By Elizabeth Henzell
For The Bali Times
UBUD ~ Every time I speak with Dr Ani, the manager of the Bali Animal Welfare Association (BAWA) clinic at Lodtunduh, I am reminded of Arnold Schwarzenegger’s nickname, Arni. Because Dr Ani’s name is not the English pronunciation, Annie, but more like Arni. Then I am reminded of Arni’s movies, The Terminator series, and I have to laugh because that is where the similarities end.
“Where is she?” I enquired upon arrival at Lodtunduh last Sunday. “The little one with no hair that I bought in about three weeks ago.”
“Which one?” Dr Ani asked.
“You know, you know…” Big help, that answer. But I was starting to get worried. I really didn’t want to hear that she had died or been euthanized.
I started to go quickly from cage to cage, with Dr Ani following, asking again, “Which one?”
“The one with no hair!”
Well, really, that just described at least a dozen puppies at the clinic.
“You mean Blati,” Dr Ani offered.
“That’s her!” I remembered.
“But Blati’s a boy,” said Dr Ani.
“Oh, ok, but where is he?” I hadn’t been to the clinic for over a week due to a trip to Jakarta and I wanted to see the sad little bundle of bones with no hair.
“Right here,” said Dr Ani.
“No, no. That’s not him. Where is he?” Panic gripped me again.
“This is Blati.” Dr Ani’s tone was getting a little terse.
“Look,” she said, as she showed me the information sheet on Blati. “Elizabeth.” There was my name – right next to who bought Blati in. But the little black face that stared back at me now had fur and was just so much fatter. Well, not exactly fat, but healthy. In three weeks, Dr Ani and her team of vets at BAWA had turned Blati’s little life around. I apologized and spent the next 10 minutes walking around with Blati wrapped in a sarong with a little opening for his tail to poke out so he could wag it for all his heart’s content.
You see Blati is just another of Dr Ani’s success stories. And there are so many now that I have lost count. I first met Dr Ani when dear old Broni was bought in with that horrible, smelly ear infection. And then again in March this year when darling little Mr Doggi contracted Parvo virus and was so sick he almost died.
So who is this amazing vet? “Not much to tell, really,” she said. Dr Ani studied vet science at University of Udayana and since graduating has worked with Yudisthira and BAWA.
But there is so much more to Dr Ani. She says she was a good student but it was her passion for animals that was most obvious. I know this from watching her at the clinic. Every puppy she picks up, even the not-so-pretty, she calls sayang (darling). She is so gentle with them all. The hairless, the ones with disabilities, like Lupi in the photo, and little Blati. She is a fighter for every little life that comes through the gates at BAWA and when the general consensus is “It’s too hard,” Dr Ani says, “We can do it,” and another little puppy’s life is saved and then Dr Ani waits and prays for a caring person or family to come and adopt them out.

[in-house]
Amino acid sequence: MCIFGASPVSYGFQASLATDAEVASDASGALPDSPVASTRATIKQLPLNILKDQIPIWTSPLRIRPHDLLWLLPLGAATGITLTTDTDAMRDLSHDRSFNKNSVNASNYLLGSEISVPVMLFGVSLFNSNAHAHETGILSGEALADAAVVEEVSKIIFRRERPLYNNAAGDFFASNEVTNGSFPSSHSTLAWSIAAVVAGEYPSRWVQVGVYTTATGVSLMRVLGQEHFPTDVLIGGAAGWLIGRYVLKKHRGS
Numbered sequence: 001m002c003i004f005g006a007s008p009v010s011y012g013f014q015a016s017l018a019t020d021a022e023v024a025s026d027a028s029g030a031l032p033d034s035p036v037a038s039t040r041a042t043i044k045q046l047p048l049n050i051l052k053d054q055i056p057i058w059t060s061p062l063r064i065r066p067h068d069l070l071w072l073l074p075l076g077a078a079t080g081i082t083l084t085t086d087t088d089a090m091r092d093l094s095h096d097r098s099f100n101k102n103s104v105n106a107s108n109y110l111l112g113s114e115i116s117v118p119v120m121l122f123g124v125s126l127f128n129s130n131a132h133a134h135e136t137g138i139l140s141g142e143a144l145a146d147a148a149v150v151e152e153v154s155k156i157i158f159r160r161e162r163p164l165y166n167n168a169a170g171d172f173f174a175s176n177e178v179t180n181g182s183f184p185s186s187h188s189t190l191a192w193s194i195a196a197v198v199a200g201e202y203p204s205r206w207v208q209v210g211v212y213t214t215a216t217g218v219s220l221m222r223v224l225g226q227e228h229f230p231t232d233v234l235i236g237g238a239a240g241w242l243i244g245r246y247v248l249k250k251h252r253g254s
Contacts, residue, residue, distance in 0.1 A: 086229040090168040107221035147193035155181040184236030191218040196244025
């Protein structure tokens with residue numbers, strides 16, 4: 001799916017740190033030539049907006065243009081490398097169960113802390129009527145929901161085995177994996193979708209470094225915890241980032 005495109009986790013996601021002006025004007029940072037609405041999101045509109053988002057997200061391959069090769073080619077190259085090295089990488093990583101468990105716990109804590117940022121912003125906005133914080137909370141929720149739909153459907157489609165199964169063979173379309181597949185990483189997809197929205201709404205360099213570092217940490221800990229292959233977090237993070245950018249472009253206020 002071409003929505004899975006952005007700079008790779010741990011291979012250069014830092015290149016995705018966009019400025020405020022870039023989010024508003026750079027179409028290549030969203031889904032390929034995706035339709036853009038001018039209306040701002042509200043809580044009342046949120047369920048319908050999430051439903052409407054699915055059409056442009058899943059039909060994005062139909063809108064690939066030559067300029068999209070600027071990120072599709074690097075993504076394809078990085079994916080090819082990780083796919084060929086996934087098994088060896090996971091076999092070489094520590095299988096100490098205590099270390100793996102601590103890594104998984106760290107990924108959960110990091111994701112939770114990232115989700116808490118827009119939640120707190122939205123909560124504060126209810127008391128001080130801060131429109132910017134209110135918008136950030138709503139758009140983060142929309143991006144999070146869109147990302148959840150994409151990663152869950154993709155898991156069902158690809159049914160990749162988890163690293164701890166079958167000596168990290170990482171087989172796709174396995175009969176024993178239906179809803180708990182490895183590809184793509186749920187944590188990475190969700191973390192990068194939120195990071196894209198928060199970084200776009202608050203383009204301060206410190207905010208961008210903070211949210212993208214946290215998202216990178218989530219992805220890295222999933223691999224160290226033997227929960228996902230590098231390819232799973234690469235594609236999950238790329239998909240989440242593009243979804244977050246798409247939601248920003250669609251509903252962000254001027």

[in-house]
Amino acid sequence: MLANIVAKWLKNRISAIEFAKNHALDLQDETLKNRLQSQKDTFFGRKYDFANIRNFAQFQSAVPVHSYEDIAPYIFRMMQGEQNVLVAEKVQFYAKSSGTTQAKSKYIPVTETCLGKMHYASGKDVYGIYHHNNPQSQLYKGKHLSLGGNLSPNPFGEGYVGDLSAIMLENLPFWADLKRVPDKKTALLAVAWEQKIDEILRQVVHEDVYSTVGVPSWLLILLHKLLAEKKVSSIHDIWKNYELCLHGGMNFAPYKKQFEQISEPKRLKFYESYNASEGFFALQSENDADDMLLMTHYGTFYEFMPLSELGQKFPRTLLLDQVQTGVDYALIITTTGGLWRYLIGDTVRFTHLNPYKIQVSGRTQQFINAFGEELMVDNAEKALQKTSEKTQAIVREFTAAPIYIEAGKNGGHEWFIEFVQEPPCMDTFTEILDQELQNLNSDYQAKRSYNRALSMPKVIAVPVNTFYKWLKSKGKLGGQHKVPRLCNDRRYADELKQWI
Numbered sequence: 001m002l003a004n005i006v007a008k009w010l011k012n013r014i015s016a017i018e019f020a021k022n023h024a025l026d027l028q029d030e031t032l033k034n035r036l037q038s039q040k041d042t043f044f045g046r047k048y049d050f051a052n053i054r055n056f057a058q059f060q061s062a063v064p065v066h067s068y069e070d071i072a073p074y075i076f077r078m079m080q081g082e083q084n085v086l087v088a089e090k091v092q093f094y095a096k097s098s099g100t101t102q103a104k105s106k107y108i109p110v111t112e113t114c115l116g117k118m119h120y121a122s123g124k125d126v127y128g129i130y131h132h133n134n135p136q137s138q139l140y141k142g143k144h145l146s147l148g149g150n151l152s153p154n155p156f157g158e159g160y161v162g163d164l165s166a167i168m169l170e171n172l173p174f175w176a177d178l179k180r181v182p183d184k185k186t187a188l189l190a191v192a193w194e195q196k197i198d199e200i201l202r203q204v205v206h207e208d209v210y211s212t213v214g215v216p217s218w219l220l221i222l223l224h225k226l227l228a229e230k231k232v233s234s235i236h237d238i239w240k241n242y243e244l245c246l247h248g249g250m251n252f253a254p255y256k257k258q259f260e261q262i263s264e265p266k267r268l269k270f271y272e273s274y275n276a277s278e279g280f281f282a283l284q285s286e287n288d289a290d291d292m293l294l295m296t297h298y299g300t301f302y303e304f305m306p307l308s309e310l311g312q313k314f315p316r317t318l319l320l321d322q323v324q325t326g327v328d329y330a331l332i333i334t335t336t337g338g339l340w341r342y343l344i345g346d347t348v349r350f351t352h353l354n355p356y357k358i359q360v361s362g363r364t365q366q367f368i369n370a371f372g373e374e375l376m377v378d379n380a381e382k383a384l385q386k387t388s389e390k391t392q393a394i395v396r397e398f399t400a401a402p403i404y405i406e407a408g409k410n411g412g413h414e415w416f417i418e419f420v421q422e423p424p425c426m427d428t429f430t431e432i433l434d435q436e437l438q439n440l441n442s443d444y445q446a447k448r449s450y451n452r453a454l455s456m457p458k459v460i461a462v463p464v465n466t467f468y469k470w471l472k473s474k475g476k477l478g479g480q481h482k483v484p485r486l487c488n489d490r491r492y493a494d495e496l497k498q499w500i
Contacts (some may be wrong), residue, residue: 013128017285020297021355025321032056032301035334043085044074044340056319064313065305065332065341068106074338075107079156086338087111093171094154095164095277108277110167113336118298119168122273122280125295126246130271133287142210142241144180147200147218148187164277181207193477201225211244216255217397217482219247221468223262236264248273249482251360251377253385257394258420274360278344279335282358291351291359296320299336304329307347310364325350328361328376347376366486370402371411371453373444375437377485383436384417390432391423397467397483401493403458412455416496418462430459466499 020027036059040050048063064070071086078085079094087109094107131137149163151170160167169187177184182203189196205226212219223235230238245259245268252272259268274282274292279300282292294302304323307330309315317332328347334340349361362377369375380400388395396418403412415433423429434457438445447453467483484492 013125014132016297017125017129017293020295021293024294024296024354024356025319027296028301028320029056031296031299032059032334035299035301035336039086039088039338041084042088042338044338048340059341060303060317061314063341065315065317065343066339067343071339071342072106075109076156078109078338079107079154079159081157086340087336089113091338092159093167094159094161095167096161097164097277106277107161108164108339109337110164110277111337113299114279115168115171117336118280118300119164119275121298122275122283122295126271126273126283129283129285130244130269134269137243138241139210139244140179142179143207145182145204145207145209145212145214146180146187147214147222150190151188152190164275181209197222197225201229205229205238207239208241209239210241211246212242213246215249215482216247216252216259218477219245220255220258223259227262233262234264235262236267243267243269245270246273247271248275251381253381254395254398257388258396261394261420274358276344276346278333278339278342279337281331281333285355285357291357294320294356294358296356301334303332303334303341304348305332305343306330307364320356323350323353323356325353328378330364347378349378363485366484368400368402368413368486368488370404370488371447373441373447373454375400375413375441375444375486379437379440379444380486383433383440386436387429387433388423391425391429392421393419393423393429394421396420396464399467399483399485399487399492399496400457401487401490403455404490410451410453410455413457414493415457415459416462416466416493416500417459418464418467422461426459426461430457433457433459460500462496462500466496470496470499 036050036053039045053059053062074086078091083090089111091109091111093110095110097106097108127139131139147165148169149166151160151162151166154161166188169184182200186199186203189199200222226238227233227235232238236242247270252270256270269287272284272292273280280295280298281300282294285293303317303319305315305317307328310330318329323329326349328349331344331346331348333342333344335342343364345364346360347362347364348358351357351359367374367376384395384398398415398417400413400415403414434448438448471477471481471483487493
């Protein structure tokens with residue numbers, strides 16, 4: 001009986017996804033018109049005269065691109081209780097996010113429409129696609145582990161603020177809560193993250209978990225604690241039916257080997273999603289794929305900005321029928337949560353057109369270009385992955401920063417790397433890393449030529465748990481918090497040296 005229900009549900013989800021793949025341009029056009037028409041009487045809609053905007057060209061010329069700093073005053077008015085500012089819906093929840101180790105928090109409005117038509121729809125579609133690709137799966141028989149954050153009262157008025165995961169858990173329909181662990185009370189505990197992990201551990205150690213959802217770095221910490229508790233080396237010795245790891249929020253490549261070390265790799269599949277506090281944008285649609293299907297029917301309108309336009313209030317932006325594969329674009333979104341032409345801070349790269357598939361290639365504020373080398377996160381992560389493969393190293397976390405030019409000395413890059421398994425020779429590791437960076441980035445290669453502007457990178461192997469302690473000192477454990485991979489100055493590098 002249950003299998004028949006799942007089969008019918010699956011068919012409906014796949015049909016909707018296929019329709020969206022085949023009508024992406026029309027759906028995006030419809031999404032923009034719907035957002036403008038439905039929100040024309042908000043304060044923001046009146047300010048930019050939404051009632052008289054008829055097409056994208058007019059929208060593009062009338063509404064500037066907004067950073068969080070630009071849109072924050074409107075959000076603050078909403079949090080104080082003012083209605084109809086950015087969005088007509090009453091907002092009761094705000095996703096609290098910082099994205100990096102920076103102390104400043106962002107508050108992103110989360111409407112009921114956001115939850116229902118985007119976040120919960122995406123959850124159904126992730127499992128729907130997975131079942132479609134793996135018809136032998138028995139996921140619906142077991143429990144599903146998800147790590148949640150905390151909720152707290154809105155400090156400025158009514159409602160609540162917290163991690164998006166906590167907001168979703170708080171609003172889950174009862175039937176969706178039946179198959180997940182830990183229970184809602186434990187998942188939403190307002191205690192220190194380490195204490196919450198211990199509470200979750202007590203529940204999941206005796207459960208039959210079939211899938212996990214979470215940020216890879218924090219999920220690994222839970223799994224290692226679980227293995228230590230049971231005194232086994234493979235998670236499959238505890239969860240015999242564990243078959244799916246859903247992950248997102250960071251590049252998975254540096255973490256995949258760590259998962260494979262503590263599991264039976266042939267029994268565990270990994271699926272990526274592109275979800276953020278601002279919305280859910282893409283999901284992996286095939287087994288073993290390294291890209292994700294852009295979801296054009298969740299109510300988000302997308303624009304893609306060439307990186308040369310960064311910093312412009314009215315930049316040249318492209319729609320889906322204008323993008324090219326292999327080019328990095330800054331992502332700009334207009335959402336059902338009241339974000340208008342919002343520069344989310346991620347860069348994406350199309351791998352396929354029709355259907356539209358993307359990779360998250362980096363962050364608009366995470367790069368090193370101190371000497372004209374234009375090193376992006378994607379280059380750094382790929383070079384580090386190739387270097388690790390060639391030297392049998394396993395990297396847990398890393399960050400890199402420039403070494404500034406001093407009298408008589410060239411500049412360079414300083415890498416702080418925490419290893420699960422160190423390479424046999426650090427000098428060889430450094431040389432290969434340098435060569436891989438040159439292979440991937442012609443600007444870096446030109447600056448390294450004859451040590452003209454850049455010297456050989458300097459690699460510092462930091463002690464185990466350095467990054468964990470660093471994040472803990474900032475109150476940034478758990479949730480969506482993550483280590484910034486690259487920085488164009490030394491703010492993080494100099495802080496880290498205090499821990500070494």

Yes, Dr Ani is a fighter. She is tough. She had to be. Her children were only 8 and 2 years of age when her husband died suddenly in 2002. She has been on her own ever since.
“Did you ever think you might marry again?” I asked. “When would I find the time?” she replied, exactly the answer I expected. Her children are now 8 and 14 years old. They live in Denpasar and she travels to the clinic to work six days a week, Monday to Saturday, from 8 in the morning until 4pm. Like most Balinese families, Dr Ani does have the extended family to help her with her children. She is proud that they will get a well-rounded religious education. Their maternal grandmother is from Java and is a follower of Islam. Dr Ani tells me that in both religions’ holy books, there are passages that talk about the importance of man caring for dogs and other animals. But Dr Ani didn’t need to be told that; it would appear it was just her instinct.
The puppy count on Friday was 40 plus. There are five puppies just over a week old that are being fed by bottle every two hours and then there are all the other puppies with their individual needs. There are the kittens, 10 this week. Some of these have also been raised from near newborn, and have survived. It’s ongoing but, I guess, you could say it’s Dr Ani’s labor of love.
In the movie The Terminator, Arni is set to exterminate the human race but the good guys used dogs to alert humans to the robotic soldiers. I think Dr Ani knows this and there is a purpose for caring for dogs and cats because we never know when we will need their instinct.
Join me once again in the celebration of the Bali’s own dogs and cats. Check out the BAWA website, www.bawabali.com, or better still come and visit and adopt a Bali puppy or kitten – or both.